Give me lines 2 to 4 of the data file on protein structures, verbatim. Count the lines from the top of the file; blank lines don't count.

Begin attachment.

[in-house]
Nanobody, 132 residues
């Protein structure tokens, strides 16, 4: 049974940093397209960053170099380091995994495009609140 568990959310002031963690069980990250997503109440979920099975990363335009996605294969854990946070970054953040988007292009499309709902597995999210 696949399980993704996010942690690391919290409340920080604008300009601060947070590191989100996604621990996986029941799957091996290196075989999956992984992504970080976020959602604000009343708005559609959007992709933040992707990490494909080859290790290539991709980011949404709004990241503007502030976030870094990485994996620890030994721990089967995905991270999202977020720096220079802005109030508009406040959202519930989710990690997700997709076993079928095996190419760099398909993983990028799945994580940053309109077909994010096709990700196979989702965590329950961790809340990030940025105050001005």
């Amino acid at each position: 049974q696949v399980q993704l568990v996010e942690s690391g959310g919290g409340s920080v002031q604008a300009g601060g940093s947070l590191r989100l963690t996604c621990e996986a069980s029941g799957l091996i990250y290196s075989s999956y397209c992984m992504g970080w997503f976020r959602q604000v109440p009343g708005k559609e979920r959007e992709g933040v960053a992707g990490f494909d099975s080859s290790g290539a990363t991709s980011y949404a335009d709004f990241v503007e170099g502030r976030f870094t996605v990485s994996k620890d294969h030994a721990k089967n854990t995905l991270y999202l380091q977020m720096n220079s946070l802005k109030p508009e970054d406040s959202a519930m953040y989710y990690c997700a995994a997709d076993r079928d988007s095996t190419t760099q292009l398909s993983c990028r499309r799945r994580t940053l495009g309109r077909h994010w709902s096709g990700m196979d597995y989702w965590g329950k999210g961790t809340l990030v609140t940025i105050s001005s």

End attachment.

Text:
Nanobody, 132 residues
């Protein structure tokens, strides 16, 4: 049974940093397209960053170099380091995994495009609140 568990959310002031963690069980990250997503109440979920099975990363335009996605294969854990946070970054953040988007292009499309709902597995999210 696949399980993704996010942690690391919290409340920080604008300009601060947070590191989100996604621990996986029941799957091996290196075989999956992984992504970080976020959602604000009343708005559609959007992709933040992707990490494909080859290790290539991709980011949404709004990241503007502030976030870094990485994996620890030994721990089967995905991270999202977020720096220079802005109030508009406040959202519930989710990690997700997709076993079928095996190419760099398909993983990028799945994580940053309109077909994010096709990700196979989702965590329950961790809340990030940025105050001005």
């Amino acid at each position: 049974q696949v399980q993704l568990v996010e942690s690391g959310g919290g409340s920080v002031q604008a300009g601060g940093s947070l590191r989100l963690t996604c621990e996986a069980s029941g799957l091996i990250y290196s075989s999956y397209c992984m992504g970080w997503f976020r959602q604000v109440p009343g708005k559609e979920r959007e992709g933040v960053a992707g990490f494909d099975s080859s290790g290539a990363t991709s980011y949404a335009d709004f990241v503007e170099g502030r976030f870094t996605v990485s994996k620890d294969h030994a721990k089967n854990t995905l991270y999202l380091q977020m720096n220079s946070l802005k109030p508009e970054d406040s959202a519930m953040y989710y990690c997700a995994a997709d076993r079928d988007s095996t190419t760099q292009l398909s993983c990028r499309r799945r994580t940053l495009g309109r077909h994010w709902s096709g990700m196979d597995y989702w965590g329950k999210g961790t809340l990030v609140t940025i105050s001005s």